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Coronavirus (COVID-19) Health and Safety Guide

ASERT has put together some resources for those with autism and those who care for people with autism relating to the current Coronavirus outbreak.

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De-Stressing

By Out-of-Sync Woman
I asked a few important people in my life how they relax and de-stress these days. I appreciated their thoughtful responses about what things they do to feel better. What struck me the most was the fact that they were mostly low cost and often free options! My friends told me that they enjoy being outside in the sunshine, taking walks, reading, watching a movie, creating art, and listening to music while taking a bath. My friends gave me a lot more examples of what they enjoy doing to de-stress or relax, and why they enjoy doing these things.
Two things that my friends’ responses had in common was their positive attitude and their attention to being in the present. They try to take time to savor their experiences. They fully embrace the present and what they are doing, concentrating on that alone. Being able to be in the moment and not thinking about the past or present is a skill you can learn and practice. Another thing that is important is learning how to be grateful for what you have and not comparing yourself to others. Gratitude for me means acknowledging all the good things in my life and not concentrating on what I wish was different.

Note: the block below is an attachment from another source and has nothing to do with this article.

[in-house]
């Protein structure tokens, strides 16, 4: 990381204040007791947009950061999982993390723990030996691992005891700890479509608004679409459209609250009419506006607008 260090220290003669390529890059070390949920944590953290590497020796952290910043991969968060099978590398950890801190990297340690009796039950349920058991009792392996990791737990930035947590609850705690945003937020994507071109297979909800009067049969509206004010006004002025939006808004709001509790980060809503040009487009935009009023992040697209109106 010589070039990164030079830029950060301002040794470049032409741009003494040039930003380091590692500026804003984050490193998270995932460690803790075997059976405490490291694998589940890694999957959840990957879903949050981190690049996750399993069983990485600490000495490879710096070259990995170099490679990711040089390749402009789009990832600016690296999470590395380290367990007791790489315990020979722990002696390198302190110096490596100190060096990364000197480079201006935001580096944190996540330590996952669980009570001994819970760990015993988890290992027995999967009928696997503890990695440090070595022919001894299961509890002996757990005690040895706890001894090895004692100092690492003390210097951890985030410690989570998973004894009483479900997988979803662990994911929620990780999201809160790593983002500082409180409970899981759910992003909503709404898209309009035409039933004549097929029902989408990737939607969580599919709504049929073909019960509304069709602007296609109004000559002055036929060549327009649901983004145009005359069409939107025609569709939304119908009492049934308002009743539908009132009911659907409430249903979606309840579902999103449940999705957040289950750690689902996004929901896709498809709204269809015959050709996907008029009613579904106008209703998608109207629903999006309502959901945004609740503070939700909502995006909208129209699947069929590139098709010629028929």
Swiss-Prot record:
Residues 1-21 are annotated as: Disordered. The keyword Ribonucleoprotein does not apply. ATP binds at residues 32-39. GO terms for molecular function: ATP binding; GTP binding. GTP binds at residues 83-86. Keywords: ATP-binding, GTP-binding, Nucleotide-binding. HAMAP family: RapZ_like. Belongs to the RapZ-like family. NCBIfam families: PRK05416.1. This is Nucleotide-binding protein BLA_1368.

Why am I blogging about this subject? May is Mental Health Awareness Month. Part of good mental health is learning coping strategies and practicing relaxation/de-stressing skills. Being able to de-stress and relax is really important and the older I get, the more vital it is. I think it’s important and research backs this up as you wear yourself down if you’re constantly on high alert or trying to look for problems. Being able to relax by decreasing your anxiety is healthy and of utmost importance to your well-being.
I know that I have a tendency not to practice or use the skills that I was taught about how to relax and I’ve come to realize that I feel worse, more stressed and physically not as good if I do that. I get headaches, I’m cranky, I don’t eat as well, and I’m not a pleasant person to be around. It takes time to get back into practice since like any other skill, you need to be consistent about using it and not wait until things get bad. Make sure that you schedule it in your calendar/datebook to set aside relaxation time.
Why do I need to schedule it? Well, it’s easy as sometimes I get stuck in a rut of trying to get as much done as possible or going as fast as possible. I often forget that my body is not made to be on a “fast track“ all the time. I can be more accomplished and more satisfied if I take the time to go outside and take a walk, spend time with friends or family, pet my cat, and learn about other people.
I’m trying to be a better person, and part of that is taking the time to take care of myself. I’m trying to learn and grow every day. I’m trying not to compare myself to others either by putting somebody on a pedestal or putting myself down. I will be the best person I can be and part of that is learning how to de-stress and relax, especially when I’m struggling.
I really appreciated my friends‘ input and I hope you’ll utilize some of their ideas and discover relaxation strategies that work for you as well. Remember the importance of taking care of YOU!